A Finalist for the 2019 National Book Critics Circle Award in Autobiography
"Deliciously bizarre and utterly American.…[A] Coen brothers movie come to life.…I couldn't put it down." —Caitlin Doughty, best-selling author of Smoke Gets in Your Eyes and Will My Cat Eat My Eyeballs?
Sounds Like Titanic tells the unforgettable story of how Jessica Chiccehitto Hindman became a fake violinist. Struggling to pay her college tuition, Hindman accepts a dream position in an award-winning ensemble that brings ready money. But the ensemble is a sham. When the group performs, the microphones are off while the music—which sounds suspiciously like the soundtrack to the movie Titanic—blares from a hidden CD player. Hindman, who toured with the ensemble and its peculiar Composer for four years, writes with unflinching candor and humor about her surreal and quietly devastating odyssey. Sounds Like Titanic is at once a singular coming-of-age memoir about the lengths to which one woman goes to make ends meet and an incisive articulation of modern anxieties about gender, class, and ambition.
APPLE BOOKS REVIEW
What would you do if you landed your dream job, but it turned out that the only thing you were allowed to do was lie? Jessica Chiccehitto Hindman’s wild memoir follows her brief and baffling career pretending to play classical music on tour with a total fraud who’s found success hawking CDs on infomercials. Hindman’s sense of humor cuts deep, and the flashbacks to her Appalachian childhood are stunning, nailing the small-town isolation that led her to New York and eventually this faux orchestra. Sounds Like Titanic is a spellbinding read that shows us how gunning for fame can lead straight to the gutter.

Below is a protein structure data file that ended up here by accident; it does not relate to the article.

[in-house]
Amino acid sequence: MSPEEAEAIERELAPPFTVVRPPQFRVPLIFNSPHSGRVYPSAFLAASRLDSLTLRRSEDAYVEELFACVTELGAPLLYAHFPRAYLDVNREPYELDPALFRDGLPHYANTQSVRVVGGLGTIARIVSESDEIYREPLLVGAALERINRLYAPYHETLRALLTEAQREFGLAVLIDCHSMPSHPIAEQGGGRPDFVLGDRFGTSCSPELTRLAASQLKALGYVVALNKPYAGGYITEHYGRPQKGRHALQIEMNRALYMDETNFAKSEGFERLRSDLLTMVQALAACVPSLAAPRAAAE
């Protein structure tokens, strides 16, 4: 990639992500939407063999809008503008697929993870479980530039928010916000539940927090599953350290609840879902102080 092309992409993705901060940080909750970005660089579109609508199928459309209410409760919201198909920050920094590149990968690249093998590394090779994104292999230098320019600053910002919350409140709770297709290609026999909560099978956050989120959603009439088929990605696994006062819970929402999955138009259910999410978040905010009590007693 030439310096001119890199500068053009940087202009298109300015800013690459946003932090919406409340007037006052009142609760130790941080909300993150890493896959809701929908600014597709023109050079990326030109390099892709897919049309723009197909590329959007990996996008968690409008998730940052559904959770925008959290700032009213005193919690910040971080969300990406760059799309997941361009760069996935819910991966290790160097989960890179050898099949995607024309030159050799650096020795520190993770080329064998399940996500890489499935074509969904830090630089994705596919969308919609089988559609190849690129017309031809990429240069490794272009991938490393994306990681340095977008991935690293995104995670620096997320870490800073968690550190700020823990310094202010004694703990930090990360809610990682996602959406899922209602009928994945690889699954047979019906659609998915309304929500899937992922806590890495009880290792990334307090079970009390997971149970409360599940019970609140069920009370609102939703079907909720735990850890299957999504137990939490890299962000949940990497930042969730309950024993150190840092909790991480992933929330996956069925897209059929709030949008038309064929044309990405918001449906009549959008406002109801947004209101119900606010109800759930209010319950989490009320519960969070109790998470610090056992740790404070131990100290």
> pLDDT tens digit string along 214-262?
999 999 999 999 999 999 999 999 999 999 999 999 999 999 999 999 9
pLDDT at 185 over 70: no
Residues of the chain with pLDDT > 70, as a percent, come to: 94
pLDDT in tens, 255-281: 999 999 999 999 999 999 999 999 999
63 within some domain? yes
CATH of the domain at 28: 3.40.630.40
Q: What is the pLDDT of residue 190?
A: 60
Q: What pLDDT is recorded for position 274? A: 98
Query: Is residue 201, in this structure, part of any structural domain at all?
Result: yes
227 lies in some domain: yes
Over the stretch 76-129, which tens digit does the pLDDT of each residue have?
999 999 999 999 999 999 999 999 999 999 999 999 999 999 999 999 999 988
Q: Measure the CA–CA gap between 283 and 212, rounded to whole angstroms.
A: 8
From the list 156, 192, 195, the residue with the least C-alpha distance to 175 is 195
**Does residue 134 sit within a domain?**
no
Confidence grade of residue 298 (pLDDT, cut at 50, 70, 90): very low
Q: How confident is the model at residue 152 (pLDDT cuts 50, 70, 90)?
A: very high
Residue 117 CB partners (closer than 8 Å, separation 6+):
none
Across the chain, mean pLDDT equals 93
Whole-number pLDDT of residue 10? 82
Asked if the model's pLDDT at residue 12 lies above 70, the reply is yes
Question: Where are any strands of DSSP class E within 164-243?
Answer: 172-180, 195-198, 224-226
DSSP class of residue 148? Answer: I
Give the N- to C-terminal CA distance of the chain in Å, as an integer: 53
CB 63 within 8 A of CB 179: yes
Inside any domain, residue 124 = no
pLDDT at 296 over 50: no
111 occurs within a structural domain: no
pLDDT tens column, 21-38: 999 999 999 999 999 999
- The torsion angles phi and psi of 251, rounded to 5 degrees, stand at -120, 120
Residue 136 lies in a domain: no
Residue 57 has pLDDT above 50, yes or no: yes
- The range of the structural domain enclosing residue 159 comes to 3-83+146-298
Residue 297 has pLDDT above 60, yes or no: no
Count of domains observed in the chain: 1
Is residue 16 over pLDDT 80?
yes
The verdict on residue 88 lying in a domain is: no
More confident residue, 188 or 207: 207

Customer ReviewsSee All
Perfect blend of wit, sincerity and a keen perspective of American values&their impact
A coming of age story that cleverly and clearly depicts political social and economic issues during the span of a few decades and how the expectations of young girls have impacted them and the American way we’ve made excuses or justified misbehavior and inappropriate or unjust situations that have been socially accepted for centuries. The poignant story of how deeply these slights and unjust circumstances affected her personally and how she strove to overcome the stigma of not measuring up to the standards America holds their females up to, the oppression females are faced with daily and the desire to work even harder to get to where she feels she belongs and is able to live her life as she deserves without question doubt or judgment from her male counterparts or those who are deemed socially superior due to income and wealth. Such a refreshing honest witty perspective that resonates especially with women who were coming of age in the late 90s. Her honesty and raw emotions regarding injustices in other countries, to poor communities and women were spot on and her gift of writing is crystal clear. She’s found herself and she’s just spectacular